Encouraging Effort

There are still further ways of helping children achieve a positive sense of self, especially when it comes to learning. Learning involves challenging yourself, and one of the things a healthy sense of self can do is to allow you to keep on going when things get tough. One way to help children recognize that difficulties are not failures is to praise their effort. This is an idea pioneered by the scientist and educator Dr. Carol Dweck, as a way of promoting a ‘growth mindset’ in the child. It works like this:

Imagine a child completes a task – gets an A on a test. An adult might say something like, ‘Wow, you are an A student.” Scientists call this person praise, because the adult is praising the person for their achievement. By doing this, the adult is communicating to the child that they are the kind of person who always gets A’s on a test. The next time, if the child gets a C, the child may feel that they are not a good student. This can be really discouraging.

If, on the other hand, when a child gets an A, the adult says something like, “Wow, I can see you studied hard for this test,” it sets up a situation where the child can be proud of their effort, proud of how hard they worked. Scientists call this effort praise, because the adult is praising the effort the child put in and is not labeling the child as being an A student.

Effort praise allows children to push through difficult periods even when what they did or accomplished doesn’t quite line up with their goal. These situations are inevitable, we all make mistakes as we learn. Praising the effort that children put in, instead of the outcome, helps children see that the more important thing is that they tried. They worked hard, and they can rightfully feel good about that.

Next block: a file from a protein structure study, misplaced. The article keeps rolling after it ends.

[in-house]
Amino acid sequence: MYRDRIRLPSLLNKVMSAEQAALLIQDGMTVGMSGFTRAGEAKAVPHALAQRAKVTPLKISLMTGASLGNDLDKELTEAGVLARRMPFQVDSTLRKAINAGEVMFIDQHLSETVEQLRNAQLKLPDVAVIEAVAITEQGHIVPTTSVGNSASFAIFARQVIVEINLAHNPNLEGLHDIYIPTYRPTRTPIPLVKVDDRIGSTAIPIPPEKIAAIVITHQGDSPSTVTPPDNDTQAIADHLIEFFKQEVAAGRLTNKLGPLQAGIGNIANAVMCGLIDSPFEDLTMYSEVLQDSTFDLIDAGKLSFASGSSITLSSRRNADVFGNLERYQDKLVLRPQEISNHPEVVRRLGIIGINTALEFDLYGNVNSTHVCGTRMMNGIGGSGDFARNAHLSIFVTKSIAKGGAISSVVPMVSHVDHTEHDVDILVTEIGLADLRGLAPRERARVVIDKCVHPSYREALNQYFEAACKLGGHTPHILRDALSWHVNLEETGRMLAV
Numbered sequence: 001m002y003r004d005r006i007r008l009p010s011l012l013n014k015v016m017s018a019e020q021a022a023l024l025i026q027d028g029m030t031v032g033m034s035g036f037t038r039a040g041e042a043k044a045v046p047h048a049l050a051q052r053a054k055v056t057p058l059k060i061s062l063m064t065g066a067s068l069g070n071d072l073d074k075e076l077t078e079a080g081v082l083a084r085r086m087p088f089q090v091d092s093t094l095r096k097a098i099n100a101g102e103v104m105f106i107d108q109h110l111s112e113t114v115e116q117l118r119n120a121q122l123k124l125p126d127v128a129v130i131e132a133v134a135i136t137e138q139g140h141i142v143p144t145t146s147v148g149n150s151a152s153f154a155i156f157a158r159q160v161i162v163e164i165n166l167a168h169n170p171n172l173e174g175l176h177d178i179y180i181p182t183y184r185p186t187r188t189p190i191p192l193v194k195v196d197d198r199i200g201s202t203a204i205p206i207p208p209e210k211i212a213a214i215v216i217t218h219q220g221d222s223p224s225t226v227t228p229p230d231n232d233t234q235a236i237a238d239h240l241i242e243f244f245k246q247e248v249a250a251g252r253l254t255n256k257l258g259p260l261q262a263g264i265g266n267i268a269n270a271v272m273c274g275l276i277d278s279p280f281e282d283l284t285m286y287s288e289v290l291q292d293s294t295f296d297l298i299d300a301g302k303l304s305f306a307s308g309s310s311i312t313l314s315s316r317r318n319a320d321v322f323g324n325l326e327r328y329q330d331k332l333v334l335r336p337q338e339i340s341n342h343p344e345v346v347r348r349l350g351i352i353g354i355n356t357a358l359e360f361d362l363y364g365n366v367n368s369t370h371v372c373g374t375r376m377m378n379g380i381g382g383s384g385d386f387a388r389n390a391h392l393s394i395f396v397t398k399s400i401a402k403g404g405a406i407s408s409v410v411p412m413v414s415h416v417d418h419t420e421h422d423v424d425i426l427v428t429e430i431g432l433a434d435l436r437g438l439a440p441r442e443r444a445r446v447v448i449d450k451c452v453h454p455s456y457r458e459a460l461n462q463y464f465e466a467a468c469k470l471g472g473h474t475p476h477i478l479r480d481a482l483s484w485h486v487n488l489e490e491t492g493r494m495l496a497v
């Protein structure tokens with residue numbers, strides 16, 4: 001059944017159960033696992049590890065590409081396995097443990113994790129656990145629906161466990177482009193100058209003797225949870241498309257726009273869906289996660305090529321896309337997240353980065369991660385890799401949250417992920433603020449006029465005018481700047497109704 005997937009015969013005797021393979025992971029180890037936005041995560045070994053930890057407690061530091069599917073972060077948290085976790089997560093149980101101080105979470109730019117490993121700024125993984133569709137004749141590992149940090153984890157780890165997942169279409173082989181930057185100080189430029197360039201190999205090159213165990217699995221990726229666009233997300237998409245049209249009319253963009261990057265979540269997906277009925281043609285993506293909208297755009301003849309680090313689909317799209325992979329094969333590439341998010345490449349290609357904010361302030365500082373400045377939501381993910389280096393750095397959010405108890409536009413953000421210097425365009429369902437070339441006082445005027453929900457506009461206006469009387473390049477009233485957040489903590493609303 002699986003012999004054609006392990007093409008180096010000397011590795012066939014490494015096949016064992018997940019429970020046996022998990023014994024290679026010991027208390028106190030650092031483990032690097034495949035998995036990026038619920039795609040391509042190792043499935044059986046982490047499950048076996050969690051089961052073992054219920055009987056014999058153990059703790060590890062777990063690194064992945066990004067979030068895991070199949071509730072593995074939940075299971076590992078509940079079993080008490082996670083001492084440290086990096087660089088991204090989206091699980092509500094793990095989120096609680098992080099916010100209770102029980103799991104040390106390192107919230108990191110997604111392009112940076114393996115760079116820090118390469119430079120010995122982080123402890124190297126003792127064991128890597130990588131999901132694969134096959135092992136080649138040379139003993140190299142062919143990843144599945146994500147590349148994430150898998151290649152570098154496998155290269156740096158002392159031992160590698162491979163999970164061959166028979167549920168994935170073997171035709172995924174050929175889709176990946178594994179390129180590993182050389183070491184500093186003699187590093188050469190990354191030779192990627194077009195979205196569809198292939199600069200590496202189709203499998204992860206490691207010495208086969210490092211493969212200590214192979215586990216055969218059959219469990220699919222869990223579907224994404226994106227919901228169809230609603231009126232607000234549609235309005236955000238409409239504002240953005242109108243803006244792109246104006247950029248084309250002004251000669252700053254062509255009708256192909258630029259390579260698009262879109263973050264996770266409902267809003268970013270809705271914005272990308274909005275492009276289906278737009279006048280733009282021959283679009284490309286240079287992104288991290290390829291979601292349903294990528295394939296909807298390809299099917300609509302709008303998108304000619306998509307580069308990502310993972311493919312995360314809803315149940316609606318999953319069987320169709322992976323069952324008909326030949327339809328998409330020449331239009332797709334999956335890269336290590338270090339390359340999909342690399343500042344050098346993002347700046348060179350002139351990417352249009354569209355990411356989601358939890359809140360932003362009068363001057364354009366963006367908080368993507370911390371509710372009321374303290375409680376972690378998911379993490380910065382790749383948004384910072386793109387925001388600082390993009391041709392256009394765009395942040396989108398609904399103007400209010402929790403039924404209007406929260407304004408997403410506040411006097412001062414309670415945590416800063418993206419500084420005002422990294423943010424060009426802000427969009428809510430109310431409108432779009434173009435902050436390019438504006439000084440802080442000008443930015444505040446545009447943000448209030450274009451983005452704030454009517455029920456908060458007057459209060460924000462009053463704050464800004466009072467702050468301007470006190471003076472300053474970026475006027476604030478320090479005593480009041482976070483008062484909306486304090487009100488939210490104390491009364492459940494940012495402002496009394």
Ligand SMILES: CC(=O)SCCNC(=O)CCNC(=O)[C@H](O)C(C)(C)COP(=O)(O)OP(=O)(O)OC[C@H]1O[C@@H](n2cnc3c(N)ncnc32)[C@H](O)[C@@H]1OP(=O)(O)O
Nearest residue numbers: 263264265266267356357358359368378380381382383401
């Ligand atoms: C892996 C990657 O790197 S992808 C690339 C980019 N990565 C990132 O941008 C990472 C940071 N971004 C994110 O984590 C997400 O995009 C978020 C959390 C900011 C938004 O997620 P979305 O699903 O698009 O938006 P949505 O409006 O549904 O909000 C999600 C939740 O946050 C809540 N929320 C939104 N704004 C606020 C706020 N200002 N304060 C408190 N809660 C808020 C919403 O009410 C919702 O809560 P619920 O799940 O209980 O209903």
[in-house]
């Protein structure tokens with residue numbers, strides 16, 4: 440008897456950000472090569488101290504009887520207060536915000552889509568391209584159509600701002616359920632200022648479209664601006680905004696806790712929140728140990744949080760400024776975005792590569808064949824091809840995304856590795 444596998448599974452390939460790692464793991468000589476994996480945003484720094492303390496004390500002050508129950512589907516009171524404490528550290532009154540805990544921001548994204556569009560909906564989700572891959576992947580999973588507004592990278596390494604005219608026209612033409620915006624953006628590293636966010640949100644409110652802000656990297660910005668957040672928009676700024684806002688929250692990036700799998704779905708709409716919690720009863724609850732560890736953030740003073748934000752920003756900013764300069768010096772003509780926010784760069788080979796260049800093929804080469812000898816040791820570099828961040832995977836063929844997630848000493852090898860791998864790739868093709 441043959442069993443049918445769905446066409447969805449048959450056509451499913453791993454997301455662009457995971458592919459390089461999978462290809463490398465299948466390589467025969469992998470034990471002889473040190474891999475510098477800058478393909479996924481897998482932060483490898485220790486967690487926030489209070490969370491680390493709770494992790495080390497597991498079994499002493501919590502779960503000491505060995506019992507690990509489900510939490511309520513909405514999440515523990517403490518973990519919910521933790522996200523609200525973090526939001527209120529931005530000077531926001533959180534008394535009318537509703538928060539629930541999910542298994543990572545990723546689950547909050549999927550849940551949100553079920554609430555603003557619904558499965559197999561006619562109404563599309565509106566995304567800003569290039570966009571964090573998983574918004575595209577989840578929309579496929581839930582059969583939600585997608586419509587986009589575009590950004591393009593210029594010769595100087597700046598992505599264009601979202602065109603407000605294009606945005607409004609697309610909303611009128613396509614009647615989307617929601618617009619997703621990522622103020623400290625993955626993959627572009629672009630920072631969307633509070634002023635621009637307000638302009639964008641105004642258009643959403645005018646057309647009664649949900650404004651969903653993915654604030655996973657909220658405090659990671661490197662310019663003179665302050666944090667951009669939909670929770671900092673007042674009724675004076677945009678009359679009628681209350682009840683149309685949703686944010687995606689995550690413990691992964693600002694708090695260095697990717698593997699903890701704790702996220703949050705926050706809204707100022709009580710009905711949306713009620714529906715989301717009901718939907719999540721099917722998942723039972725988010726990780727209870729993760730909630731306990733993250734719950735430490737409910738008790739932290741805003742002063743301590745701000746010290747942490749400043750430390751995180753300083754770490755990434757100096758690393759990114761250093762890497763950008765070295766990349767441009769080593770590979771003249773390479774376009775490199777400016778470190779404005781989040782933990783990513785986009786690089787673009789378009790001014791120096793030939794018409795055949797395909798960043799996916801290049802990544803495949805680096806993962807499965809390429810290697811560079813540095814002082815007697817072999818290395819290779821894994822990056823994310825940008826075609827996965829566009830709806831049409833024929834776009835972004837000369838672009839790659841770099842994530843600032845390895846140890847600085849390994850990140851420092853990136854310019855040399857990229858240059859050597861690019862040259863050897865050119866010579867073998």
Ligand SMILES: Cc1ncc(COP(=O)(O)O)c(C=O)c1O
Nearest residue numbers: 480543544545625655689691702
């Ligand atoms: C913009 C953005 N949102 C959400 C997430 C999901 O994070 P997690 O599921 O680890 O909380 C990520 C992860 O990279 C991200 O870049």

• Academic sense of self
    how a person thinks of themself as a student
    the belief that some people or ideas are better than others, usually resulting in unfair treatment
    Black, Indigenous, people of color
    thoughts or feelings that we are aware of
    Growth mindset
    the belief that, with effort, you can learn and achieve new things.
    In-group preference
    the tendency to form close relationships with others in a person’s same groups
    a cluster of characteristics, such as feeling confident, having pride in oneself, and a sense of self-worth
    Sense of self
    how a person thinks and feels about their self
    a widespread belief that a person must have a trait because they belong to a particular group
    thoughts or feelings that we are unaware of